Sending nude photos to your partner has become "a form of affection" for many young Kiwis, judging by the latest survey of youth and social media.
The Nielsen survey for the Graeme Dingle Foundation has found that 61 per cent of New Zealanders aged 13 to 24 have received sexually explicit content such as photos, videos and linked to explicit content via social media.
Two-fifths (42 per cent) admit that they have used social media to send such material to others.
Auckland singer Liana Vaipa-Rice, 23, who has worked with youth since she was 17, said the survey was no surprise.
"For my age now, sending nudes or explicit pictures to your partner is quite normal," she said.
"I'm not someone like that because I'm a Christian, but for a lot of my friends that is how they express love to each other.
"Even when I was 13, this was very normal. They think it's a form of affection."
Vaipa-Rice, whose stage name is Liana Frangipani, has worked with the Crescendo Trust which uses music to mentor young people. She has also just been crowned Miss Niue Aotearoa - a role she hopes to use to support others through social media.
"My generation has things they speak of. They know that they are speaking to thousands [on social media]," she said.
"For example, everyone talks about West Papua. The generation before us ignored it. We are very aware of what's going on, we are very open to it. That is the positive about social media.
"But at the same time a lot of dark stuff happens, not just to girls."
She said many young people wanted to attract thousands of social media followers because it was "cool".
"I have talked to high-school students, they would put up photos and videos of them in their underwear," she said.
"If you're 13 and posting photos like that, guys don't know you're 13 and this girl won't tell them because she thinks it's cute."
Ngāruawāhia High School student Tommy Goodwyn-Archer, 17, said a girl he met playing PlayStation sent him a nude video on Snapchat.
"I met her on a PlayStation game and played with her on that a few times and added her to my Snapchat and we chatted. And one night I got a video from her, and it was like, no, thank you," he said.
"She was like a really good friend and it was really cool, but I think she was doing it with other guys as well. Guys would send her stuff."
He said swapping videos was "just talking" for his generation.
"Most of my friends, we'll send each other funny videos of us mucking around," he said.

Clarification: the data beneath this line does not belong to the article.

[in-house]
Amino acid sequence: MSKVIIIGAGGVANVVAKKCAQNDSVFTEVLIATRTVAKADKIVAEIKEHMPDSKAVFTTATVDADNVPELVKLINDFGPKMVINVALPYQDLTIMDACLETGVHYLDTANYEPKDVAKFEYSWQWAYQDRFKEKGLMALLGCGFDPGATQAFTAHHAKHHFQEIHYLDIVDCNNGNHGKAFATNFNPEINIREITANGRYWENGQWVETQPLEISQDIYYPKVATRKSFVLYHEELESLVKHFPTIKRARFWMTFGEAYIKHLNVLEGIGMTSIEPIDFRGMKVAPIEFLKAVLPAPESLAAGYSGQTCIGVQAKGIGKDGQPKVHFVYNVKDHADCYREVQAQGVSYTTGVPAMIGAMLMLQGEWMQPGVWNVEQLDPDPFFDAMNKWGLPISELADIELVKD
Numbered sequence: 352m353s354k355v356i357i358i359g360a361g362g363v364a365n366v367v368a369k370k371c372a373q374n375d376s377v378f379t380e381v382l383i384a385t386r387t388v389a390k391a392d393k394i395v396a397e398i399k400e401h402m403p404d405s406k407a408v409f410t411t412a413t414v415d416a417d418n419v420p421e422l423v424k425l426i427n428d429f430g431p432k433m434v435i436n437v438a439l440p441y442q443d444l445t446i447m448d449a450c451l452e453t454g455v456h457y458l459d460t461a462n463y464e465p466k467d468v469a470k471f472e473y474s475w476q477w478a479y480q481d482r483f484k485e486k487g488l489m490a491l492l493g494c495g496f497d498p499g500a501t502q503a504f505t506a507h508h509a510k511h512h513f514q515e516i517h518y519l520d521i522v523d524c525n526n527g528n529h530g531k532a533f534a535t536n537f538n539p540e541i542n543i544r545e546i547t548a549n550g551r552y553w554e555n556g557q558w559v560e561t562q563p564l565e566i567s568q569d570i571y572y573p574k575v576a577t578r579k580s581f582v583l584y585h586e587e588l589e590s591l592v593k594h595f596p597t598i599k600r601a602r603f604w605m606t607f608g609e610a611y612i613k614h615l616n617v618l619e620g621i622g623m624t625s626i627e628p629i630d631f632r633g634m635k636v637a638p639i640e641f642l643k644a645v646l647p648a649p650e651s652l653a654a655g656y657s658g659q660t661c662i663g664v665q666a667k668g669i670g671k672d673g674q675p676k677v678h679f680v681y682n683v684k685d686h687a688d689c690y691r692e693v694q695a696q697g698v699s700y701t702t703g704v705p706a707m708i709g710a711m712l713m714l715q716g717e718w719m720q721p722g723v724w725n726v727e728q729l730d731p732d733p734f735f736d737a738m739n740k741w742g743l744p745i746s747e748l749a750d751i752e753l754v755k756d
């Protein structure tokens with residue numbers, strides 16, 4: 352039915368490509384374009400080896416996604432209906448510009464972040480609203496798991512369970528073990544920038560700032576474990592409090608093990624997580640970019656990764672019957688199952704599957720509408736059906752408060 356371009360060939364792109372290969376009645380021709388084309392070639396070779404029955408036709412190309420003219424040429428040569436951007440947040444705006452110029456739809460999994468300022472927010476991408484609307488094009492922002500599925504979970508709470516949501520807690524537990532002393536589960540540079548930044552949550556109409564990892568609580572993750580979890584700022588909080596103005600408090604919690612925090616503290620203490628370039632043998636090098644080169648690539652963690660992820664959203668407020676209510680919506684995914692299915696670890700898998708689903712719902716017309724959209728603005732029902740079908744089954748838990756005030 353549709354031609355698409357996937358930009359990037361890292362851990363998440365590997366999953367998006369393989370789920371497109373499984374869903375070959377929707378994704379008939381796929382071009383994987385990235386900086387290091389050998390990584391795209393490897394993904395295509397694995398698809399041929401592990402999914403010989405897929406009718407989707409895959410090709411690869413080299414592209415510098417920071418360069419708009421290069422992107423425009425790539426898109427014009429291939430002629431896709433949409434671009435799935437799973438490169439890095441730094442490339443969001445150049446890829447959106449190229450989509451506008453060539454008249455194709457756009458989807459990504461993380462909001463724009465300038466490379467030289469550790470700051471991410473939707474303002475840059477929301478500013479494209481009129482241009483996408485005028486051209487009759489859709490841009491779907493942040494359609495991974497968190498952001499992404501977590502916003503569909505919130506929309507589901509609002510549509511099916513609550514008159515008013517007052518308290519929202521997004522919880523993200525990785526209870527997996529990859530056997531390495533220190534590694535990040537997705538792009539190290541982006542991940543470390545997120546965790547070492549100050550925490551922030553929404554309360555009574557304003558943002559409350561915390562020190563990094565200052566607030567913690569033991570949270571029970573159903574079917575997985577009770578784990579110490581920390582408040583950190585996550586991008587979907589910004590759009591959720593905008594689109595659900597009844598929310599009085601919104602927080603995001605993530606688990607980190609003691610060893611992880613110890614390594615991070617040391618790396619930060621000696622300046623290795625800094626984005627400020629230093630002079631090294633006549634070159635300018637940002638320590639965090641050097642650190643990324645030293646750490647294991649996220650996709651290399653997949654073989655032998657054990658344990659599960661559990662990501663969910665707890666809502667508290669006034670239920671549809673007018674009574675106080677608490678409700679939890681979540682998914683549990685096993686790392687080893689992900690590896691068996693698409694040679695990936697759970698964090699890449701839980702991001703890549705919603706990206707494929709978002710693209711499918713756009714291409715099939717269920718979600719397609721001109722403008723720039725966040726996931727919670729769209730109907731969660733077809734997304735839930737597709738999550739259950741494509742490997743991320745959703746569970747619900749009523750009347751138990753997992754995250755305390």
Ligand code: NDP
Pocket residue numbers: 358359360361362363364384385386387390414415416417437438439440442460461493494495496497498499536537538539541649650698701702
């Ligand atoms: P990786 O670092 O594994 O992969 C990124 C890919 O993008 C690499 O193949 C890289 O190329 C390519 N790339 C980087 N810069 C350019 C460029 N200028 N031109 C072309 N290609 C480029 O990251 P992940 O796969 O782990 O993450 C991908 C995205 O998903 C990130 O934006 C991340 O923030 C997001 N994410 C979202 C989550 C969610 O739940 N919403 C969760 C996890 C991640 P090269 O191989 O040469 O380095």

"A few of my mates, we are lifeguards at the pool, so we'll send a video of us jumping in the pool and stuff like that. No one else is sending anything like that [sexual videos], it's more just talking, sending videos, making plans."
Goodwyn-Archer goes on social media for two or three hours when he gets home each evening.
"I'm not ashamed to admit that I'm addicted to it," he said. "Just Instagram and Snapchat, those are the biggies with the youth these days."
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He communicates mainly with people he sees during the day, but feels he would miss out if he couldn't connect with them again on social media.
"I feel like I'd be a lot less connected to everyone, and you feel like you're missing out on seeing what they're up to," he said.
Jean Andrews, who represents schools on the NZ Association of Counsellors executive, said many teenagers thought it was cool to swap "trick and dick" pictures.
"Where a young person would say, "Would you like to go to the movies for a date,' they now say via social media, 'Can I have a T & D pic?'" she said.
"So actual dating behaviour is very sexualised now because of the impact of porn. That is something we have to train young people to deal with - not emote over it, but encourage young people to be talking to us, to be talking to their parents, and to model in our online behaviour that we can put restrictions and boundaries and make it work for us."
Sex in social media
• 61 per cent of 494 people aged 13 to 24 have received sexually explicit content such as photos, videos or links to explicit content via social media.
• 42 per cent have sent such material via social media.
• 65 per cent of the 258 young people who agreed to answer questions about sexting agree that "usually I would prefer not to engage in sending sexts to others".
• 51 per cent out of 178 agree that "no one I have sexted would forward or share my sexts without my permission".
• 43 per cent out of 191 agree that "I am worried that someone will forward or share my sexts without my permission".
• 35 per cent out of 234 agree that "usually sexting is a good way for me to be sexual without physical sexual contact".
• 33 per cent out of 223 agree that "usually sexting makes me feel attractive".
Source: Graeme Dingle Foundation.